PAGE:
12. take safari bus: tower view
13. driver pick you up: kangaroo
14. to have a dinner: hotel restaurant
15. for kid’s painting: education place room
16. to touch animal: African zone
17-20 选择
17. most monkeys
C. like people
18. what days are school group’s discount-period
A. Fridays and Saturdays are excluded
19. the most expensive tickets include
C. helping keeper one day
20. which lecture is invited every year
C. well-known president

Part 3 巧克力公司的市场国际化营销方案
题型:选择+匹配
21-25 选择
21. the tutor said the example of the chocolate in different areas are
B.with different tastes and ingredients
22. the student wrote clearly about
C. the expansion in sales
23. the student thinks that the company should be criticized at
C. changing the local managers
24. the tutor said the example of the company
B. overlook the benefit of the area
25. based on the research, which book should the student read further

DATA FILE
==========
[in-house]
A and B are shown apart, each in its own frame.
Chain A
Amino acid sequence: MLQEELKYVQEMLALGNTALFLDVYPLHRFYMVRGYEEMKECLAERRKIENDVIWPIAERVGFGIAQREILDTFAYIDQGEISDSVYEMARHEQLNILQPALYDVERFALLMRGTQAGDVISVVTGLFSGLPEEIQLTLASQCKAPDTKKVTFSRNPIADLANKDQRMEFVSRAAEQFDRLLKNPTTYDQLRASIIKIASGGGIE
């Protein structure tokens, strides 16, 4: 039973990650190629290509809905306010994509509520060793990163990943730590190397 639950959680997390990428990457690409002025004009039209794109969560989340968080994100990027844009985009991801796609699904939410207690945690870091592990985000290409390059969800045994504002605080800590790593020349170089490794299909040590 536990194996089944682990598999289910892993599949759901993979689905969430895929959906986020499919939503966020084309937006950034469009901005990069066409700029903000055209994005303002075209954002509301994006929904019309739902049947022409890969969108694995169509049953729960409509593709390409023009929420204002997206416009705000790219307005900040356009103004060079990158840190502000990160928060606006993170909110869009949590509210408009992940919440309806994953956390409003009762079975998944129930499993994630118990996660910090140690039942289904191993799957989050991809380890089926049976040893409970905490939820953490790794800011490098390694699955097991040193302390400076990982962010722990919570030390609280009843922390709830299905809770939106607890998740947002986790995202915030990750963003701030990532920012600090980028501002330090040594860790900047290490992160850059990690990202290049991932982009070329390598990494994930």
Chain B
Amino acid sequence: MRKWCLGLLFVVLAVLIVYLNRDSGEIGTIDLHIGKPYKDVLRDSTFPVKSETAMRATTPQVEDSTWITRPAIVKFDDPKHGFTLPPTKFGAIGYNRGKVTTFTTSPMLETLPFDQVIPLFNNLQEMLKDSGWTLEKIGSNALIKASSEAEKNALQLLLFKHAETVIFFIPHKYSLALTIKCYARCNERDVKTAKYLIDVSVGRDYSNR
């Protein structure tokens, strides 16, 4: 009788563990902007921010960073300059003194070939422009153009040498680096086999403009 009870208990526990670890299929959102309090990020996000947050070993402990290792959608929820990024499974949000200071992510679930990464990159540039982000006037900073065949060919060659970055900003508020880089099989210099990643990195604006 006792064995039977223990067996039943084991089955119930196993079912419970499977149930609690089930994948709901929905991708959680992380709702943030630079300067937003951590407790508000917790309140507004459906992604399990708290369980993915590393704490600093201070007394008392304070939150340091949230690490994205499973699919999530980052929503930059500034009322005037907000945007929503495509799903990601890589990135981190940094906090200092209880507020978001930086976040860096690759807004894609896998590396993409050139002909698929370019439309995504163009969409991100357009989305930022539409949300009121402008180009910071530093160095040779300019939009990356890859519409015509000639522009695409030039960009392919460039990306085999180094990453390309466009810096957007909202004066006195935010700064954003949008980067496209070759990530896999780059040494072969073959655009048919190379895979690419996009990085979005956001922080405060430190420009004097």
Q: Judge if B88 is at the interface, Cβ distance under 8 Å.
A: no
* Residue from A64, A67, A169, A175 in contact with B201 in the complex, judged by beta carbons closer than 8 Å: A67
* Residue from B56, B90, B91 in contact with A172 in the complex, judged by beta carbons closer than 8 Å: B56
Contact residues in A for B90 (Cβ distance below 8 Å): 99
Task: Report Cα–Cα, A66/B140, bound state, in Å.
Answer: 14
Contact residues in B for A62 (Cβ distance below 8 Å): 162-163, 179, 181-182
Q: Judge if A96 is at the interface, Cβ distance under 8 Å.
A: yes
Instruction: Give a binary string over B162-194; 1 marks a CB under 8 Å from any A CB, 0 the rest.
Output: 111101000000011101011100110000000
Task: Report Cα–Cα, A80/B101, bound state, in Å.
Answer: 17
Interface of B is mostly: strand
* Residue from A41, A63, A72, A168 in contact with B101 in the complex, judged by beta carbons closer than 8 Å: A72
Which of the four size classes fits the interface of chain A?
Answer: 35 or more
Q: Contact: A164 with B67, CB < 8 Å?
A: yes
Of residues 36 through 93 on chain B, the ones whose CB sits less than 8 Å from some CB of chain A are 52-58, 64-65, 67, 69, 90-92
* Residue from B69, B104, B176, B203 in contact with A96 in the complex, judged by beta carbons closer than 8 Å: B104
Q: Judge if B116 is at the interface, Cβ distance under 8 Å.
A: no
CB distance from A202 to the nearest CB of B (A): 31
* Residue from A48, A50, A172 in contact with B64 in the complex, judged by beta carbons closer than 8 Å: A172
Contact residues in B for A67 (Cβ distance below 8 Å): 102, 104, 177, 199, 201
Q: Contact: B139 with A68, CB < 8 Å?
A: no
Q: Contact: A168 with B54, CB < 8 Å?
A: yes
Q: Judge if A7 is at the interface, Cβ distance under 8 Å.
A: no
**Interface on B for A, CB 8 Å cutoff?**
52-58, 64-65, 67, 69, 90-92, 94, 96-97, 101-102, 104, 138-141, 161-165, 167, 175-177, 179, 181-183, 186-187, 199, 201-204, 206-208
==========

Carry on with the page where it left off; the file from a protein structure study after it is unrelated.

B. centralization of global management
26-30 匹配
26. Epson: C. change location of head office
27. babies choice: D. merchandize
28. Multiplan: A. dispense
29. general electric: F. optimize the supply chain
30. Wilson: B. workforce

Part 4 人类嗅觉
题型:填空
31. The animal of monkeys
32. Can smell tiny chemical
33. Can easily know it is chocolate
34. The smell of orange
35. Detect fear in the man’s sweat
36. Not good at finding the source of a smell
37. Can not be very accurate
38. Recall the memories of childhood best
39. Whether we are in the emotion of sad
40. For people good at smelling spices
回忆7:
小作文:双饼图
The percentage of water used by sectors in Sydney in 1997 and 2007.

大作文:
Some people think individuals are more and more dependent on each other. Some people think individuals are more and more independent. Discuss both views and give your own opinion.
回忆8:
阅读
Passage1 木乃伊的保存
待回忆